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Bayesian versus robust control approach towards parameter uncertainty in monetary policymaking: how close are the outcomes? Some illustrating evidence from the EMU economies

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  • Juha Kilponen

    (Economics Department, Bank of Finland)

  • Marc-Alexandre Sénégas

    (GRAPE, University Montesquieu-Bordeaux IV)

  • Jouko Vilmunen

    (Research Department, Bank of Finland)

Abstract

This paper tries to assess the proximity of the macroeconomic outcomes which could arise from a monetary policymaking process based upon either a robust control or a Bayesian (à la Brainard) approach towards parameter uncertainty. We use a small, structural, backward-looking, aggregate model of the EMU economies as the basis for this empirical exercise. After deriving the optimal feedback rules which correspond to the two approaches that we consider in this study, we assess their relative performances with respect to the behavior of the output gap and the in.ation rate volatilities and compare with the no-uncertainty benchmark case. We are particularly interested in the output-in.ation variability trade-o¤ which is usually associated with the implementation of the optimal monetary policy rule in the literature and in the distortions that the presence of parameter uncertainty and its taking into account via the robust control approach or the Bayesian method may induce to this trade-o¤. The results show that the performances of the rules are not too divergent but they appear to be highly contingent upon the preference parameters in the model, ie the relative weight that the monetary authorities attach to output variability (w.r.t. in.ation variability) in the loss function and the robustness aversion of the policymaker which is associated to the robust control approach. In particular, non-standard shapes of the output-in.ation variability trade-o¤ obtain in the robust control case what may be due to the way the misspeci-.cations associated with the worst case scenario feedback into the structural equations of the model. When the rules are considered within the nominal model, the volatility outcomes appear to be closer to each other.

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Bibliographic Info

Paper provided by Money Macro and Finance Research Group in its series Money Macro and Finance (MMF) Research Group Conference 2006 with number 113.

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Date of creation: 02 Feb 2007
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Handle: RePEc:mmf:mmfc06:113

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Keywords: monetary policy; uncertainty; robust control; Brainard;

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  1. Andrew Levin & Volker Wieland & John C. Williams, 1998. "Robustness of simple monetary policy rules under model uncertainty," Finance and Economics Discussion Series 1998-45, Board of Governors of the Federal Reserve System (U.S.).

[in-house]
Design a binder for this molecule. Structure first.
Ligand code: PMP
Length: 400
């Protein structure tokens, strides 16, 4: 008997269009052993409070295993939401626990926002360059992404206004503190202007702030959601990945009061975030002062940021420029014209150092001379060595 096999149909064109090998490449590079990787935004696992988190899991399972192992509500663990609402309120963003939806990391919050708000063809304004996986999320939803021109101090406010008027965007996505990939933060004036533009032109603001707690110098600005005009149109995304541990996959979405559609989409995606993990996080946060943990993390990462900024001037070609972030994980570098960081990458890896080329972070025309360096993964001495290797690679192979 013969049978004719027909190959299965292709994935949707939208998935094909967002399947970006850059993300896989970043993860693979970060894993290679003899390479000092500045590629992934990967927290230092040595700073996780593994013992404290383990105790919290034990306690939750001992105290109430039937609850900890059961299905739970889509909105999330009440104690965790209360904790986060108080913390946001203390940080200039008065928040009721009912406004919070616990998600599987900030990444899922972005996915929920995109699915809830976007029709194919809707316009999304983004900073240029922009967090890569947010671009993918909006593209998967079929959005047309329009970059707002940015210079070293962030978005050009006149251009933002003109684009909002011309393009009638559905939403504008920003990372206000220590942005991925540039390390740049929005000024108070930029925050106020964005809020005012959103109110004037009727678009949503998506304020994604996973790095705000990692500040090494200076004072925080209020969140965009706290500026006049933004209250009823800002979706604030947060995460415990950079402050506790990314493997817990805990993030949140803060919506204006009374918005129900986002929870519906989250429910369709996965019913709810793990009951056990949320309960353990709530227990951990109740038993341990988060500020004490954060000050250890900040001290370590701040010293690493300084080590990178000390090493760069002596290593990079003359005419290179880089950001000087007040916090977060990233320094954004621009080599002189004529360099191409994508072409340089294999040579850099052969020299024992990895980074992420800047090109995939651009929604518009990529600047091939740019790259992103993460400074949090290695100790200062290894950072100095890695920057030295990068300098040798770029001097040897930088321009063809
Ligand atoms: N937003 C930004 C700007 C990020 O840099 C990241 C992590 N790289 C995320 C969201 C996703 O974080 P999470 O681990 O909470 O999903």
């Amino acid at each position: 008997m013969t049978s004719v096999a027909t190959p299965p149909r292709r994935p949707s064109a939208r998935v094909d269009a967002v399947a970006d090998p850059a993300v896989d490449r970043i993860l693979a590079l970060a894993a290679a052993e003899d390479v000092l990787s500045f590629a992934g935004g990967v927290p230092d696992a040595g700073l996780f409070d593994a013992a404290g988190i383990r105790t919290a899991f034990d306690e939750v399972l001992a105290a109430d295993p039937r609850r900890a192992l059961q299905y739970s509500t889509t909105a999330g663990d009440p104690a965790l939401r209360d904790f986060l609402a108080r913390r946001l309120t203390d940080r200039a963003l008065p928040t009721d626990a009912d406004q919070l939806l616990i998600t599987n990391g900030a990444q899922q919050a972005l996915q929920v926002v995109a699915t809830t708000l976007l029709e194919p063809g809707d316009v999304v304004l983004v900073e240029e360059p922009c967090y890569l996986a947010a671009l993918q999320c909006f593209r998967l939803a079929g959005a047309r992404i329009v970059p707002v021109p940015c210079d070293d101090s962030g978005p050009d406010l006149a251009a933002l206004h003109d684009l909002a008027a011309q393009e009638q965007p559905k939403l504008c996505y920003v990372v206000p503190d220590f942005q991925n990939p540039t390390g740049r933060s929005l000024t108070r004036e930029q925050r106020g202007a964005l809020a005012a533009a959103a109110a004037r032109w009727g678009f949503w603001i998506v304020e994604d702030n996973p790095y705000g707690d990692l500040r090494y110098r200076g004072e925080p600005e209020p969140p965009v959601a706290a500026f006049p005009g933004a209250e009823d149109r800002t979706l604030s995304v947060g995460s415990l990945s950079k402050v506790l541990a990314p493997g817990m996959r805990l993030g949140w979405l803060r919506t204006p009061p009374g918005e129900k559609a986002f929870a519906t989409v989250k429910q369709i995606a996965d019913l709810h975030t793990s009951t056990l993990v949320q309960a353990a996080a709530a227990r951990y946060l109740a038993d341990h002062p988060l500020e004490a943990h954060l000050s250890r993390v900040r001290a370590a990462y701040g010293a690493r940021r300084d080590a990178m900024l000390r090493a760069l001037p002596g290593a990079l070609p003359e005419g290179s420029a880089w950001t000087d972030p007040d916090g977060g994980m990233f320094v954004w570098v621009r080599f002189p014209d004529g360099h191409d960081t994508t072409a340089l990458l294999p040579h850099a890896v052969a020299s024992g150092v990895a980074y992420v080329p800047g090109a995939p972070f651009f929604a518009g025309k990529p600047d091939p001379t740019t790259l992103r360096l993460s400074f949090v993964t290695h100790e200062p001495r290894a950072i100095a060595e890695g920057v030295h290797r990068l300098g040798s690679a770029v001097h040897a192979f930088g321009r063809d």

2. Cecchetti, Stephen G & McConnell, Margaret M & Perez-Quiros, Gabriel, 2002. "Policymakers' Revealed Preferences and the Output-Inflation Variability Trade-Off: Implications for the European System of Central Banks," Manchester School, University of Manchester, vol. 70(4), pages 596-618, Special I.
  3. Rudebusch, G. & Svensson, L.E.O., 1999. "Eurosystem Monetary Targeting: Lessons from U.S. Data," Papers 672, Stockholm - International Economic Studies.
  4. Bean, Charles, 1998. "The New UK Monetary Arrangements: A View from the Literature," Economic Journal, Royal Economic Society, vol. 108(451), pages 1795-1809, November.
  5. Svensson, Lars E.O. & Rudebusch , Glenn, 1998. "Policy Rules for Inflation Targeting," Seminar Papers 637, Stockholm University, Institute for International Economic Studies.
  6. Stephen G. Cecchetti, 1996. "Practical issues in monetary policy targeting," Economic Review, Federal Reserve Bank of Cleveland, issue Q I, pages 2-15.
  7. Gerlach, Stefan & Smets, Frank, 1999. "Output gaps and monetary policy in the EMU area1," European Economic Review, Elsevier, vol. 43(4-6), pages 801-812, April.
  8. Taylor, John B, 1979. "Estimation and Control of a Macroeconomic Model with Rational Expectations," Econometrica, Econometric Society, vol. 47(5), pages 1267-86, September.
  9. Craine, Roger, 1979. "Optimal monetary policy with uncertainty," Journal of Economic Dynamics and Control, Elsevier, vol. 1(1), pages 59-83, February.
  10. Srour, Gabriel, 1999. "Inflation Targeting under Uncertainty," Technical Reports 85, Bank of Canada.
  11. Carlo Altavilla, 2003. "Assessing monetary rules performance across EMU countries," International Journal of Finance & Economics, John Wiley & Sons, Ltd., vol. 8(2), pages 131-151.
  12. Gerlach, Stefan & Schnabel, Gert, 1999. "The Taylor Rule and Interest Rates in the EMU Area," CEPR Discussion Papers 2271, C.E.P.R. Discussion Papers.
  13. Stephen G. Cecchetti, 1998. "Policy rules and targets: framing the central banker's problem," Economic Policy Review, Federal Reserve Bank of New York, issue Jun, pages 1-14.
  14. Fuhrer, Jeffrey C, 1997. "Inflation/Output Variance Trade-Offs and Optimal Monetary Policy," Journal of Money, Credit and Banking, Blackwell Publishing, vol. 29(2), pages 214-34, May.
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